Christmas cactus

Christmas cactus

Christmas Cactus has been considered to be a favorite house plant, since ages. Christmas Cactus has a long life and grow easily. However, if you need them to bloom for the upcoming holiday season, then you will have to take a little special care in the coming weeks. Since many years back, hybridization method has been adopted and hence in present times, we now see many new varieties of thanksgiving, Christmas and Easter Cactus. There plants belong to the Zygo-Cactus family and they are mostly seen in Central and South America. There plants are called cacti but they are truly different from all aspects from the common desert cactus. There plants are called epiphytes and are found in the forks of tree limbs where they grow in decayed leaves and in other natural debris. The above type of Christmas cactus plants should be kept in a cool room but should not expose them to freezing temperatures. If you want the Christmas cactus to flower during the holiday season, you need to expose the Christmas cactus with proper lighting, correct temperatures and limited watering has to be done. During the fall months, the Christmas cactus should be located in a place where it is able to receive indoor indirect bright light during the daylight hours and it should be in total darkness during night time. Christmas cactus is a tropic plant and the best procedure to follow is to water the plants properly and then the top inch of the soil should be made to dry before watering again. But if you want the plant to bloom well during fall and winter months, you must then water the plants less frequently. About 50 to 60 percent of humidity is required for a Christmas cactus. Hence, it would be advisable to place a glass, vase or tray of water near the plant in order to create an humidity environment. In other words, as the water starts evaporating, it will provide the required humidity that the cactus needs. One should never keep a Christmas cactus near a door that opens and closes to the outside. Also, keep the cactus away from heating ducts or near the fireplace. It is often noticed that once the Christmas cactus starts developing flower buds, they start dropping off the plant. Bud drop are caused due to various conditions. It is often caused due to over-watering, lack of humidity or even due to insufficient light. Once the Christmas season is over, the Christmas cactus should be given one month rest period. It must be placed in a cool room and limited water should be provided to it. You should not panic if you find your cactus loosing some few leaves or appearing to be weak during the resting period. During these days, you must not pinch, prune or shape the Christmas cactus. You can start pruning the Christmas cactus in the month of March when the new growth begins. The Christmas cactus will flower the best if it is kept in a container where it’s pot-bound. If you give proper care and place the Christmas cactus in the right location then it is likely to flower several times throughout the year.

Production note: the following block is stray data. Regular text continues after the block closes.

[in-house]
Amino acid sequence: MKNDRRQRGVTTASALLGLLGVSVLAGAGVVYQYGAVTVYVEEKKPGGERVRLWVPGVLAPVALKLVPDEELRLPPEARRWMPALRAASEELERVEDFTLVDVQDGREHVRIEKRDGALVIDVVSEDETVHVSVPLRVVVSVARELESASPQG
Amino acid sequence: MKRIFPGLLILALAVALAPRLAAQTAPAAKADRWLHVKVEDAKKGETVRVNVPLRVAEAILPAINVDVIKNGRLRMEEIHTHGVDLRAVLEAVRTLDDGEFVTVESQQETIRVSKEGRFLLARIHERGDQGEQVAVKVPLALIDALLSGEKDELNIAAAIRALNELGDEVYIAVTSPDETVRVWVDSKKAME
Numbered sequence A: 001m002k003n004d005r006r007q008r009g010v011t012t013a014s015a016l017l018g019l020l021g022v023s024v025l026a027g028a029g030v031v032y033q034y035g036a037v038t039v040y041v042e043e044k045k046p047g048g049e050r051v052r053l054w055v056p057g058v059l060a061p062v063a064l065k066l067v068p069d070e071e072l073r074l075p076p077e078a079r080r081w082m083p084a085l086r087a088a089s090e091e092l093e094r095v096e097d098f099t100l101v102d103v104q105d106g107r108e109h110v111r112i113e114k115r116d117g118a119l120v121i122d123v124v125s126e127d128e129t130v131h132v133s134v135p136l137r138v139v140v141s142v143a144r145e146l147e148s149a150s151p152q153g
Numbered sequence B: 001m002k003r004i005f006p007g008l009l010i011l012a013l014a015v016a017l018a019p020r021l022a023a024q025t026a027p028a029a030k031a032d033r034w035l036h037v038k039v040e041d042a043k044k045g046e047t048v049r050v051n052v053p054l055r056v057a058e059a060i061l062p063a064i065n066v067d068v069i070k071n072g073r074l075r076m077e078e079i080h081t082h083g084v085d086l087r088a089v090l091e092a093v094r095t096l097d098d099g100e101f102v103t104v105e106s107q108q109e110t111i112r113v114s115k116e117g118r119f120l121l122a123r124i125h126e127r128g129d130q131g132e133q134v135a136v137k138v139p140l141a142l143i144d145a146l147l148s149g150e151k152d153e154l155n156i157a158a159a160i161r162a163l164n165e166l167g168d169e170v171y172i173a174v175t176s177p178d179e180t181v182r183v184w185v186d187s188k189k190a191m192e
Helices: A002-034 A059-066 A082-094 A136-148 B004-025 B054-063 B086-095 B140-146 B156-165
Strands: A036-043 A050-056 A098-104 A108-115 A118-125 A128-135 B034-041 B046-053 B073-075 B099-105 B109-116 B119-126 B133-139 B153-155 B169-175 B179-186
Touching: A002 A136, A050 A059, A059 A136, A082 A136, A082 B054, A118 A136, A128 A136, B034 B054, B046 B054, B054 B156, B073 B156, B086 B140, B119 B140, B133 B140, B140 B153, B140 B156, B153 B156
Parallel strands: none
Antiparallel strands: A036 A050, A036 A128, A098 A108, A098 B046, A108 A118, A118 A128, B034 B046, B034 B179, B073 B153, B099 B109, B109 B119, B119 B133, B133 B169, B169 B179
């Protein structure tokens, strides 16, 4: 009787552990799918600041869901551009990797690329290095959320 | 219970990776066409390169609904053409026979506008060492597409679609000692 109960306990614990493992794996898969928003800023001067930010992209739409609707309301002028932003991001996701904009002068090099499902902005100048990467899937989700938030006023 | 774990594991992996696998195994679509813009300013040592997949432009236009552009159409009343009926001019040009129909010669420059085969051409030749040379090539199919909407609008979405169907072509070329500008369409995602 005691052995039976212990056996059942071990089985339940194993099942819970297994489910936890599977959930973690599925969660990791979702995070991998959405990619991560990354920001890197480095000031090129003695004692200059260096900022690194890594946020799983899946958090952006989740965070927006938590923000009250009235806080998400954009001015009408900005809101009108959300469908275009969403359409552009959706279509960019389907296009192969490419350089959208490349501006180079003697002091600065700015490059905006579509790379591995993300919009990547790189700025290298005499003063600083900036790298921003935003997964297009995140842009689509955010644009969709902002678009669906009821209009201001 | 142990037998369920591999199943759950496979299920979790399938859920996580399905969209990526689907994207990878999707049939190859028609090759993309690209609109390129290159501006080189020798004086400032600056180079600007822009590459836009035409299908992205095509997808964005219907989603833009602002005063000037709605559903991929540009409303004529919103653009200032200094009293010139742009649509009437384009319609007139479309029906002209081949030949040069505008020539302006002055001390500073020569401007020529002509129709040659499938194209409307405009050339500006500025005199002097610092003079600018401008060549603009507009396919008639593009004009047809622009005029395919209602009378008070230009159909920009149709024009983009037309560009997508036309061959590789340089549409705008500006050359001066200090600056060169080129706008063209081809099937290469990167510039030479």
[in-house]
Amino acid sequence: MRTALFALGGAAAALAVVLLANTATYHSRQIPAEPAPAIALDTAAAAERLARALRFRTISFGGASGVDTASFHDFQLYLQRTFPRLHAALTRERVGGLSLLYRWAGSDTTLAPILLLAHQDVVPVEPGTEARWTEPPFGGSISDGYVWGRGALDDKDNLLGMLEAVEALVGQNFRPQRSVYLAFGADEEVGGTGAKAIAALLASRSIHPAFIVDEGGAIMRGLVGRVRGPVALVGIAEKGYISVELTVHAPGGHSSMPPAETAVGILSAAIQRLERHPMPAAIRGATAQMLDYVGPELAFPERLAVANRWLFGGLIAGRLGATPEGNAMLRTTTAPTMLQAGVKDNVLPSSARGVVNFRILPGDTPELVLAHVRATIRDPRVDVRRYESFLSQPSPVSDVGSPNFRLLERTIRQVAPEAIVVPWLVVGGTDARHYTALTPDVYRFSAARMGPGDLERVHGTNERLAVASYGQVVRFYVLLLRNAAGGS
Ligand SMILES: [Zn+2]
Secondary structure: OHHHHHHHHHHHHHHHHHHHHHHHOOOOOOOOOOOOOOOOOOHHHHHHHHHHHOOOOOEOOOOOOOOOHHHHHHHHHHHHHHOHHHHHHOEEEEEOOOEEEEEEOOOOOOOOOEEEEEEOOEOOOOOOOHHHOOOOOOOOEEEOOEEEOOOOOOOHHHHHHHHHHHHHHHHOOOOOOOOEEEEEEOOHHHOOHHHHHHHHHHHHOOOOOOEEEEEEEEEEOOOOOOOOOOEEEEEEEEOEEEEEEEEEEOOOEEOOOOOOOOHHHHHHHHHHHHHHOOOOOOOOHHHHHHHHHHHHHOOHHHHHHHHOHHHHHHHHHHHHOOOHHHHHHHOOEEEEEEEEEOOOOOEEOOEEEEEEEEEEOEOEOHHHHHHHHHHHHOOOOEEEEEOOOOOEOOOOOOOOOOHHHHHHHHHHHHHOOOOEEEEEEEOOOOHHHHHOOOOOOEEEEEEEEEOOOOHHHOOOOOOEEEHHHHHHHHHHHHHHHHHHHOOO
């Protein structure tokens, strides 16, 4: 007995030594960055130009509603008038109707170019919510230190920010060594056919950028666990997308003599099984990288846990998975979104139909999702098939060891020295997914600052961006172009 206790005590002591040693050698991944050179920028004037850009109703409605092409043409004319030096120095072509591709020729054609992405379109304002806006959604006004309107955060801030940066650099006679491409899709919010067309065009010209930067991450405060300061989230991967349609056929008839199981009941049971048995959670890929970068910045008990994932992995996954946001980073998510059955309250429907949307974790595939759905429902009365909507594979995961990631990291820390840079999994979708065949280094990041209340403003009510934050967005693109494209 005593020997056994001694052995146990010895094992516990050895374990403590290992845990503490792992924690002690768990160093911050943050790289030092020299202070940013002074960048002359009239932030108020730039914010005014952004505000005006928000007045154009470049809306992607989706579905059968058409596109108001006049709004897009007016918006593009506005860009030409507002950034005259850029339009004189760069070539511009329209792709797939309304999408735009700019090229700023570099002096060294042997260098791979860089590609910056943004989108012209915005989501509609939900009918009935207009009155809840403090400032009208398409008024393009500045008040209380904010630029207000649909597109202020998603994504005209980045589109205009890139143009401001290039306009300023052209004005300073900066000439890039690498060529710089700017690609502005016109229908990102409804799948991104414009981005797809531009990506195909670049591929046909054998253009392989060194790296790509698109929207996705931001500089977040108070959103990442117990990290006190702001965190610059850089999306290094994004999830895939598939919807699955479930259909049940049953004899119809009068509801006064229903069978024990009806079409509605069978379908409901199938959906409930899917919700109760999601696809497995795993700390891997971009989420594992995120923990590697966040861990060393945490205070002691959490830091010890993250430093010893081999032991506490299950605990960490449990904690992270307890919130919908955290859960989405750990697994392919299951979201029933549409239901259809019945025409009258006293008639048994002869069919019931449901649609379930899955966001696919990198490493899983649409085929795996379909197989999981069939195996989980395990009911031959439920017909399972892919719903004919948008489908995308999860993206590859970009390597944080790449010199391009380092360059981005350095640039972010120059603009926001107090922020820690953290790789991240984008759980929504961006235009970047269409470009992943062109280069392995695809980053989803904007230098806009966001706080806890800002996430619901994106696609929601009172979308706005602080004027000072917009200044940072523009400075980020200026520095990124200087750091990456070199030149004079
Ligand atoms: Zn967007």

Christmas cacti are not only popular holiday gift plants, but they are also the subject of frequent debate among gardeners. There appears to be much confusion about these unique tropical cacti regarding care, maintenance and, especially, on how to get them to re-bloom. The following tips address the most frequently asked questions.